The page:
Unfortunately, SQL is inadequate for use with a metrics database because metrics are generated for each line of code. Accordingly, when a metrics database is queried by an application program, the standard SQL interface returns metrics data for each line of code. For example, if a query requests the time for execution of a program module, the time metric for each line of code is returned. However, the metrics data associated with a single line of code is generally meaningless.
In accordance with the invention, there is provided a method and apparatus for interfacing with a metrics database. The metrics database interface responds to a query requesting a set of metrics data. The metrics database interface retrieves a set of tags and any requested additive attributes associated with the tags in response to the query. The metrics database interface determines the tags that are unique and adds together the like additive attributes associated with each unique tag. The metrics database interface then calculates the derived attributes for each unique tag. The derived attributes may be calculated from the set of totaled attributes corresponding to each unique tag. In another aspect of the invention, the metrics database interface enables the grouping of metrics data so that the group can be referenced by a subsequent query.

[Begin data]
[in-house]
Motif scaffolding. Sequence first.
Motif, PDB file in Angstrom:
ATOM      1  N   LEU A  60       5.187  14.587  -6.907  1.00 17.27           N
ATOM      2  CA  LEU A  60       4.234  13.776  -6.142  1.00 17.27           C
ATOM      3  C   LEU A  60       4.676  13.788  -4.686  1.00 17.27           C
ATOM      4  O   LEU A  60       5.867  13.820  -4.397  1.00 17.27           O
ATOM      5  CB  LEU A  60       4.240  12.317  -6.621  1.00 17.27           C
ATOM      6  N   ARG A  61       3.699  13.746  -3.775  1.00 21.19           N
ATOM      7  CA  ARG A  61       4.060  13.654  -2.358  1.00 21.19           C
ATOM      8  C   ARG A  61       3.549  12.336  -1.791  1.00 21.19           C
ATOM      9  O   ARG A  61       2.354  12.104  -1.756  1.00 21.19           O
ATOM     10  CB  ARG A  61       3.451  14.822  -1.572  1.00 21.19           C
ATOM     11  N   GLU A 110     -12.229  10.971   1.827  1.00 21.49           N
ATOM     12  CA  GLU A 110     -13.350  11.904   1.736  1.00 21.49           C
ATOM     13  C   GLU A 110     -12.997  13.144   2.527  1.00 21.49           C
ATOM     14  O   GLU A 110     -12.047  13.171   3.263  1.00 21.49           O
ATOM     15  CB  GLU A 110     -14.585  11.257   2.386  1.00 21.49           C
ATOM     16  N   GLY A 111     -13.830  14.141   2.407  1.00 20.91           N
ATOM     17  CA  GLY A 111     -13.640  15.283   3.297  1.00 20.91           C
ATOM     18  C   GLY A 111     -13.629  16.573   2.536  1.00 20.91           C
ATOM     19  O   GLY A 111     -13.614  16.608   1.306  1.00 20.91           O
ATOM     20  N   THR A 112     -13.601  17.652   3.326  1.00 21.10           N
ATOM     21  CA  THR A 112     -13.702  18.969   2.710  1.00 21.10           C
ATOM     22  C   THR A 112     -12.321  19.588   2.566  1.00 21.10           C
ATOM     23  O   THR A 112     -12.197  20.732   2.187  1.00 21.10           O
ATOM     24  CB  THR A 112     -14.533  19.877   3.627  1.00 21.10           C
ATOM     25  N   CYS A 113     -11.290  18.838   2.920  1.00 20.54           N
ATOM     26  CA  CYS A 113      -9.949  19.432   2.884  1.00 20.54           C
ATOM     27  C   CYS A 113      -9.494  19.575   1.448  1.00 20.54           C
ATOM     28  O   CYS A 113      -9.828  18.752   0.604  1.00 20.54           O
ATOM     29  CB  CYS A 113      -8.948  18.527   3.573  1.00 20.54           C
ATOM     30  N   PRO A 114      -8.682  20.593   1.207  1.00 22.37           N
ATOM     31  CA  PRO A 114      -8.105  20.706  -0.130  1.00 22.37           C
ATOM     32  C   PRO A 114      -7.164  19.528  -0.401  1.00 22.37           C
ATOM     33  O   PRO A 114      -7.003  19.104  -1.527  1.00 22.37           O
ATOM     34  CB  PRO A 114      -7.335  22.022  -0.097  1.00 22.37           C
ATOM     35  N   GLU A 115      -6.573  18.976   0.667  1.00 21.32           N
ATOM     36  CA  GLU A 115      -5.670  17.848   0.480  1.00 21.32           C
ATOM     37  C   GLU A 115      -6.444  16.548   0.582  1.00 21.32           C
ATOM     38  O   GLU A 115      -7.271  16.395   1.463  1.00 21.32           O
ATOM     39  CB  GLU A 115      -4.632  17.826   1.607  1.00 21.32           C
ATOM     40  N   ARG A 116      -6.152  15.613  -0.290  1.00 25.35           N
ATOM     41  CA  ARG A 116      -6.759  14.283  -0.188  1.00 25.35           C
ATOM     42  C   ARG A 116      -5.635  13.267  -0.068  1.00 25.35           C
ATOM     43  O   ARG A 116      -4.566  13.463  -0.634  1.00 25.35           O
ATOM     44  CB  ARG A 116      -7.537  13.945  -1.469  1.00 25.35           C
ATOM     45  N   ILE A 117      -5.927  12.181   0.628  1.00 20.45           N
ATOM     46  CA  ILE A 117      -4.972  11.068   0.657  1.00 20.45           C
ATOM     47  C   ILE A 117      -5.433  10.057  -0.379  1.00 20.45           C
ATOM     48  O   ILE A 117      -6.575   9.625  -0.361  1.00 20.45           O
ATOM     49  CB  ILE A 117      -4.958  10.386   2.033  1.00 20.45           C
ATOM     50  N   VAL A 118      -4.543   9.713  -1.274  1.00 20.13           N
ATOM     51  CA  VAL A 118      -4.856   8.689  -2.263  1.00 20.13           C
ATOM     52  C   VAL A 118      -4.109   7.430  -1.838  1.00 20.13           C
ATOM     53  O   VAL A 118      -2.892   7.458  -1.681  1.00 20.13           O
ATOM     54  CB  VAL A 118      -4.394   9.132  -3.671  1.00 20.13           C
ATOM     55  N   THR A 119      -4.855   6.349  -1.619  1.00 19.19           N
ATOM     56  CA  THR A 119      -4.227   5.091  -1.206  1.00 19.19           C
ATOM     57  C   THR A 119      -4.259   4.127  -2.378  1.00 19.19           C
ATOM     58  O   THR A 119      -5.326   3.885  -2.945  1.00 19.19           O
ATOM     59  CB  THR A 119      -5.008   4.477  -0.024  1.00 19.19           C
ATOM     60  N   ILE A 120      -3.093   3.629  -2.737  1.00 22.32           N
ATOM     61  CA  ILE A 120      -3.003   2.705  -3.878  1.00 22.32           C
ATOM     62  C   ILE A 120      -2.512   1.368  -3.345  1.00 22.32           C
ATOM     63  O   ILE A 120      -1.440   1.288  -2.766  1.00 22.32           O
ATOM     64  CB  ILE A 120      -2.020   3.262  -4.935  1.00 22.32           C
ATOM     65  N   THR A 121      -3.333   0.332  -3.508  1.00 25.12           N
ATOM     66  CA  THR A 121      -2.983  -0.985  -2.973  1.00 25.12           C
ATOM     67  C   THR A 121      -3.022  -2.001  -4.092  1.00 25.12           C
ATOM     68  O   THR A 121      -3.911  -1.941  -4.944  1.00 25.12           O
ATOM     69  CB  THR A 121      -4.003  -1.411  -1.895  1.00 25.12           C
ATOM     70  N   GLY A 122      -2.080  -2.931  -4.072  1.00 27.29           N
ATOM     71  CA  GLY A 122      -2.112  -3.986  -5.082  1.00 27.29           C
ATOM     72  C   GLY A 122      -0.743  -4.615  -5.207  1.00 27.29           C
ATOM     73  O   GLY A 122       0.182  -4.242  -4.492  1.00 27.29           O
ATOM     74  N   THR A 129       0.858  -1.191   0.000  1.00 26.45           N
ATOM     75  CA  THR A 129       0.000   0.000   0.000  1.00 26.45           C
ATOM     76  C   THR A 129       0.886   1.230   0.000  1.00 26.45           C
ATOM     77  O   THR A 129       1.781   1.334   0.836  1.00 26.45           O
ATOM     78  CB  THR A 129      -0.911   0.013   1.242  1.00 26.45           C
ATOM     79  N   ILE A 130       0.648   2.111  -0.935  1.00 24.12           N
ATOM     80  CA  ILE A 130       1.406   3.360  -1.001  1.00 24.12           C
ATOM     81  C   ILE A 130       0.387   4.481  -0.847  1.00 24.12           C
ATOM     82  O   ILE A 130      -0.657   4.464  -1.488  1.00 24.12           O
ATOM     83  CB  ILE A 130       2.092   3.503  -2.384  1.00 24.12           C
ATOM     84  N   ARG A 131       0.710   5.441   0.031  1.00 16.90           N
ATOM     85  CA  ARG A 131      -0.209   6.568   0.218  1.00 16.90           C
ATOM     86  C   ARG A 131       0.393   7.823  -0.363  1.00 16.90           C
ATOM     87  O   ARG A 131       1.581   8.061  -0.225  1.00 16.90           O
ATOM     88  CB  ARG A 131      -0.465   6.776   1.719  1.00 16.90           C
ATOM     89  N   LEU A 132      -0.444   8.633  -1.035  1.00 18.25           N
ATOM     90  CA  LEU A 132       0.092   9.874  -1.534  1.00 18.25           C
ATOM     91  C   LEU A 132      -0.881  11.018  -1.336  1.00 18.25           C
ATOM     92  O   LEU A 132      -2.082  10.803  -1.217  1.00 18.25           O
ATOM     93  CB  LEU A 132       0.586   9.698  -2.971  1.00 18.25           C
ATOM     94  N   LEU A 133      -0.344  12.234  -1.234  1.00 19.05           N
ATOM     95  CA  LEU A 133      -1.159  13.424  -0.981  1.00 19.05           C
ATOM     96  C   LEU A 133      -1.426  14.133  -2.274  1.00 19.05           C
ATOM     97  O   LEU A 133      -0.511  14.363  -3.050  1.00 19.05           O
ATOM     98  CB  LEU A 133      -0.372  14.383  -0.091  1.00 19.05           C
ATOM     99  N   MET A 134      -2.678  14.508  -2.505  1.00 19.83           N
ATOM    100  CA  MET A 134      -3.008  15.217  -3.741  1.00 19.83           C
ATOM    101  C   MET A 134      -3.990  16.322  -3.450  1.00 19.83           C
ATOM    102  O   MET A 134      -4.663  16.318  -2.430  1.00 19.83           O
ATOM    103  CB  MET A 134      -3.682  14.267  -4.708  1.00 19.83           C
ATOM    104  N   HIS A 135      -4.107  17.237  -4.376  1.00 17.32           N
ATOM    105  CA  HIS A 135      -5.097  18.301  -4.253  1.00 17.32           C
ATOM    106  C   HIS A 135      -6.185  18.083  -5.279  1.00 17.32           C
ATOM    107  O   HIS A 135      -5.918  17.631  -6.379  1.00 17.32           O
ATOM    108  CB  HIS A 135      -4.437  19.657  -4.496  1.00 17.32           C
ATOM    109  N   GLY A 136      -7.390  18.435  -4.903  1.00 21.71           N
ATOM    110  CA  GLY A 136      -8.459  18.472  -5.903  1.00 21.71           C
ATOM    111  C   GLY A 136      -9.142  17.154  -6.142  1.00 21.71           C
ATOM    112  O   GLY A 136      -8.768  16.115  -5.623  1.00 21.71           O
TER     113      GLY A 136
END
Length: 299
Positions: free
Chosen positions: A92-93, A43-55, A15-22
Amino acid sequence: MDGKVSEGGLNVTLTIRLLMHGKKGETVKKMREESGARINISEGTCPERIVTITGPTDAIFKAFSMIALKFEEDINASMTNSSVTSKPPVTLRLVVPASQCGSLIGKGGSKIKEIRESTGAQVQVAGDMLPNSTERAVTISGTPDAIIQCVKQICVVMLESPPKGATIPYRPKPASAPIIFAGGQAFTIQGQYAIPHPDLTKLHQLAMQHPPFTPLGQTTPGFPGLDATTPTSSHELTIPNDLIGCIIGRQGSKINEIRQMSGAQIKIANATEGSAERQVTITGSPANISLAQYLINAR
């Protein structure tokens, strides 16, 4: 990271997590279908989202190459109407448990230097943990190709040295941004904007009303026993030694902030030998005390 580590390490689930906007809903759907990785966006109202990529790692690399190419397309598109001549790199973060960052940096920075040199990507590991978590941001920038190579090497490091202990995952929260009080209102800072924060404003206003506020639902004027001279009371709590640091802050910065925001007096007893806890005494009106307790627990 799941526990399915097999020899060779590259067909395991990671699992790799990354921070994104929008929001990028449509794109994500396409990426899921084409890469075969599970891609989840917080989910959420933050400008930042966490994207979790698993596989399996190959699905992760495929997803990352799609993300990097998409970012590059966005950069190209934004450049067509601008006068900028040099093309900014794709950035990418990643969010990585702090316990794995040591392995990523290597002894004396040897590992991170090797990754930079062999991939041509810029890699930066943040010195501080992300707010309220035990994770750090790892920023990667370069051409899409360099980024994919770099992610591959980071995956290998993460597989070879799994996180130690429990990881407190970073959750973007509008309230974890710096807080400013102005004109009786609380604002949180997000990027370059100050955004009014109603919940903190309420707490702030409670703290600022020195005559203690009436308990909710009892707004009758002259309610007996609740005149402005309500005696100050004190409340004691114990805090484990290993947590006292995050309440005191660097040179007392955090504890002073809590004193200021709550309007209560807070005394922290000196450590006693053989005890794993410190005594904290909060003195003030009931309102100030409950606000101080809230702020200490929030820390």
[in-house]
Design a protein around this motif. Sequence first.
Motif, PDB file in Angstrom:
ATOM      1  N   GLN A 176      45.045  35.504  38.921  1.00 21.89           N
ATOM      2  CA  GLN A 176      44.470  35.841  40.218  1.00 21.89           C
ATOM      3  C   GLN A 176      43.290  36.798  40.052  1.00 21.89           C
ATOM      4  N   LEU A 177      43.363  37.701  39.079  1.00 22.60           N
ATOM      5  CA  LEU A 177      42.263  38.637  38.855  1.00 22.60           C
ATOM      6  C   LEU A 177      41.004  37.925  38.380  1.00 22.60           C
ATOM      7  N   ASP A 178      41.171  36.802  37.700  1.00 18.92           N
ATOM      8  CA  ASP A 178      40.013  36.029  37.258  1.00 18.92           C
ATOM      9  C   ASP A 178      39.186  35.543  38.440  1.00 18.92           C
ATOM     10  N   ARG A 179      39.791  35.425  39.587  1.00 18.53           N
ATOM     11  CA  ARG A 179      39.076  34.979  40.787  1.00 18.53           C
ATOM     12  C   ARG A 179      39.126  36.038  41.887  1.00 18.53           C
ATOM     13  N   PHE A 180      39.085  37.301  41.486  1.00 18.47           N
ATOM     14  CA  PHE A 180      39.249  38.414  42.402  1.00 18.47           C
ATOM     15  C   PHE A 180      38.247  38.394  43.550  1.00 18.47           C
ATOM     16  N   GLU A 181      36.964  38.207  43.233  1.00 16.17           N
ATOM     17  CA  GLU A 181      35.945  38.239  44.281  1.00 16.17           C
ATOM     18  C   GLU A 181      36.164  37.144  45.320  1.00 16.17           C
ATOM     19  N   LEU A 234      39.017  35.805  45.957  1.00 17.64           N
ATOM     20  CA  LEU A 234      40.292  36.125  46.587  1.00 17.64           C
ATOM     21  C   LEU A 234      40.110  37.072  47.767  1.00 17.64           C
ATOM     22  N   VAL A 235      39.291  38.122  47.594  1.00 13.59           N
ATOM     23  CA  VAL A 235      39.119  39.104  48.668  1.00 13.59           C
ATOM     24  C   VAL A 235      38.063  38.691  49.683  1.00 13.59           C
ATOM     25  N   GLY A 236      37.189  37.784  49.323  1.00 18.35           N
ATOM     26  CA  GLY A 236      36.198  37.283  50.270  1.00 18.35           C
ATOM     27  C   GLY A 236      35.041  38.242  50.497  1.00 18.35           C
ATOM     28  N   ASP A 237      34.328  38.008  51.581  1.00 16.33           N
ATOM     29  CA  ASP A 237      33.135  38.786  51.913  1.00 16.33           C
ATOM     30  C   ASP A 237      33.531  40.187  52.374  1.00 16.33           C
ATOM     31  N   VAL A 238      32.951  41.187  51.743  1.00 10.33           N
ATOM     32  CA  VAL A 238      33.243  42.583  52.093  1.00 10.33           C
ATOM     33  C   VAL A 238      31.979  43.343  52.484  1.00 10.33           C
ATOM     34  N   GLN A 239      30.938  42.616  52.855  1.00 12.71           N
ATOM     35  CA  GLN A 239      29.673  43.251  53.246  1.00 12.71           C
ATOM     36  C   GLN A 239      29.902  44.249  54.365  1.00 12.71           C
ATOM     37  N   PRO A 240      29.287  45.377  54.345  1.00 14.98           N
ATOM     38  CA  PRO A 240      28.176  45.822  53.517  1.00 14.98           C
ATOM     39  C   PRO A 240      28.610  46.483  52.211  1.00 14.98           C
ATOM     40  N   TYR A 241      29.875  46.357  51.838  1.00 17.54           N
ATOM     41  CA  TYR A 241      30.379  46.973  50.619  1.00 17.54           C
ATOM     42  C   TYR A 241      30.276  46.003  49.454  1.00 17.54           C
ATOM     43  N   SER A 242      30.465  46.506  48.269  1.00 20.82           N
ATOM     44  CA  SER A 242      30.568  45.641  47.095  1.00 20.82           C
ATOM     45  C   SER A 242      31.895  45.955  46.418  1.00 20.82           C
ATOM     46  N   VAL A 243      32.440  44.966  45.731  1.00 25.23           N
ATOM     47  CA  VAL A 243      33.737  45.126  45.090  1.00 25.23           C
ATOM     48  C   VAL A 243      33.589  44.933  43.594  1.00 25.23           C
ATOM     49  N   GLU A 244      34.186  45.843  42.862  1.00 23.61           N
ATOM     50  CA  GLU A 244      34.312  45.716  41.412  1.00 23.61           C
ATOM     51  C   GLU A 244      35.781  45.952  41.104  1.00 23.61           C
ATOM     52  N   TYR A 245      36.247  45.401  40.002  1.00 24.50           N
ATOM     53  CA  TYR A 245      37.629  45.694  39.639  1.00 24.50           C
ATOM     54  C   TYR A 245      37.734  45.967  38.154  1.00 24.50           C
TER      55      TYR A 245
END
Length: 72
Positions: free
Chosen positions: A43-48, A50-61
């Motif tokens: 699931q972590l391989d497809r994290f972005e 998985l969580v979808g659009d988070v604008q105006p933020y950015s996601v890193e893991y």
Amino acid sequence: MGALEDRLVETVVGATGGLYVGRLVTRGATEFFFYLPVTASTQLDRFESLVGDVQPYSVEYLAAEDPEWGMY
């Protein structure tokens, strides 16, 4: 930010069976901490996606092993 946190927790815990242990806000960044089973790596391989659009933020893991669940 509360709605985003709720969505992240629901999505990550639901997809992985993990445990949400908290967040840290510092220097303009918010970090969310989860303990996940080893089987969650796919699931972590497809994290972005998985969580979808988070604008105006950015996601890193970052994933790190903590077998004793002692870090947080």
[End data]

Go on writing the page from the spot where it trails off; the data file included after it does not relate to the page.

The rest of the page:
Additional aspects of the invention will be set forth in part in the description which follows, and in part will be obvious from the description, or may be learned by practice of the invention. Aspects of the invention will be realized and attained by means of the elements and combinations particularly pointed out in the appended claims.
It is to be understood that both the foregoing general description and the following detailed description are exemplary and explanatory only and are not restrictive of the invention, as claimed.
The accompanying drawings, which are incorporated in and constitute a part of this specification, illustrate several embodiments of the invention and together with the description, serve to explain the principles of the invention. In the drawings,